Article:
There is a great big world out there, with so much to see and do. If you’re planning a holiday, you’ve got almost endless options. Unless you have a personal situation that allows it, you almost can’t see every country in the world in one lifetime. For example, if you have a job that ties you to one location, then visiting countries at a rate of three a year will take you 63 years. It’s possible, but it’ll be tight.
So if you do have that desire to tick off as many places as possible, the first thing you need to consider is a tour. Book enough time off, and see multiple destinations in one holiday. The perfect place to do this is Europe. There are fifty countries to choose from (that’s more than a quarter of the world’s total), and each is different from the last. Many of them are signed up to the same travel policies, though, so it makes it easy to take a grand trip.
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First Things First: How Many Countries Do You Want To See? Depending on how long you have to spend traveling, you can see a chunk of Europe in one go. There are a lot of countries with plenty of borders. If you started in France, for example, it borders eight countries. With enough time and stamina, that means you could easily see nine on one trip. And because of their common visa policy, you don’t need to spend much time at passport control. It’s not much more complicated than going from Arizona into Texas.
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Europe Is Changing: What Does That Mean For Me? There are a couple of changes on the horizon for Europe. The first one is what’s commonly known as Brexit. The United Kingdom is leaving the European Union, and it is yet to be agreed how this will affect travel between the two. Equally, 2016 has seen talk of a European visa proposal intended to strengthen Europe’s external border.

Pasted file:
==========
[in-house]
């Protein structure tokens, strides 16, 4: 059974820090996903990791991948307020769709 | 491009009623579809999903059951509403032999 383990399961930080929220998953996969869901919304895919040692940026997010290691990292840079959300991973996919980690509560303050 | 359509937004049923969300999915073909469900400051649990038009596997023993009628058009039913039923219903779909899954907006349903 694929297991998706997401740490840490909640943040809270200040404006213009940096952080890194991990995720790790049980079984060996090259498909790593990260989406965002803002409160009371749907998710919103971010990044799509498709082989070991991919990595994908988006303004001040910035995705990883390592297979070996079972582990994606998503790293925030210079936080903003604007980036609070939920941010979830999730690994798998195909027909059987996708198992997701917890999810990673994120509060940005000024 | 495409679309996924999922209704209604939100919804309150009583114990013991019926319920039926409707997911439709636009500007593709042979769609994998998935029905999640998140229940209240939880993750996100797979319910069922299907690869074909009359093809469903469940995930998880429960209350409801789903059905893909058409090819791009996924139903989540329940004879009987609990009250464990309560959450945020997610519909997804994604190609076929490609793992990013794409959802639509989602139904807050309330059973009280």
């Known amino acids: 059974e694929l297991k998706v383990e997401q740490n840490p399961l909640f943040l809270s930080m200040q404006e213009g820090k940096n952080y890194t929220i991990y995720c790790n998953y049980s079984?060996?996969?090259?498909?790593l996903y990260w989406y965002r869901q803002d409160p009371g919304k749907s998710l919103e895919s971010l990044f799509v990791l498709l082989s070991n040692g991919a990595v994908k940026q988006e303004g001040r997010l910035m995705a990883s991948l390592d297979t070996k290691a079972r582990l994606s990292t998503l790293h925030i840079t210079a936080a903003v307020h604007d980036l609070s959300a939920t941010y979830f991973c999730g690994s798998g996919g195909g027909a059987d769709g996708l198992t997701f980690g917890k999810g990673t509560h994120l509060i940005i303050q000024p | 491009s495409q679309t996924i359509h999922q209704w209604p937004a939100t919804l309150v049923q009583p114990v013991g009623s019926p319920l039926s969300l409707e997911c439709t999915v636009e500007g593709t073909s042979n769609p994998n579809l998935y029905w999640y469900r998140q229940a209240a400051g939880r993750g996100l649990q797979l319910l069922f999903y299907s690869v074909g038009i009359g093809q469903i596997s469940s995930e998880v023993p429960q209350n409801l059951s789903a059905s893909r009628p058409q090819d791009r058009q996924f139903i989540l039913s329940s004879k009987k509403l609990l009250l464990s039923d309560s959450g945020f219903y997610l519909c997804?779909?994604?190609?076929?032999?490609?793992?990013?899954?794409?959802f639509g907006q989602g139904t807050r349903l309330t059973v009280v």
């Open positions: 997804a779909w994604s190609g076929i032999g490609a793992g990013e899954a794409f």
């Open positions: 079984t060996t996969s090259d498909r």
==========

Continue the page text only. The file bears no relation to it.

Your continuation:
At present, this does not affect your travel plans. US citizens can travel visa-free in the EU for up to 90 days. And neither Brexit nor the ETIAS scheme will be fully in place for a couple of years. In other words, if you want to see Europe stress-free, now may be a good time!
Not All Of Europe Is In The EU, Is It? So… No, that’s right. And believe me, this is where it gets complicated. Norway, Iceland, Liechtenstein and Switzerland are not in the EU. But they do allow visa-free travel. Some countries which are in the EU do not. And then there are places like Belarus or the Ukraine (among others) who have nothing to do with the EU and their own rules on visas. In short, where you want to go affects what documents you need.
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It makes sense, for any trip you may take, to know how the land lies before you go. This may make particular sense as an American tourist visiting other countries in the wake of a Presidential election. But your passport, as of right now, is a very useful document to have – so why not make use of it?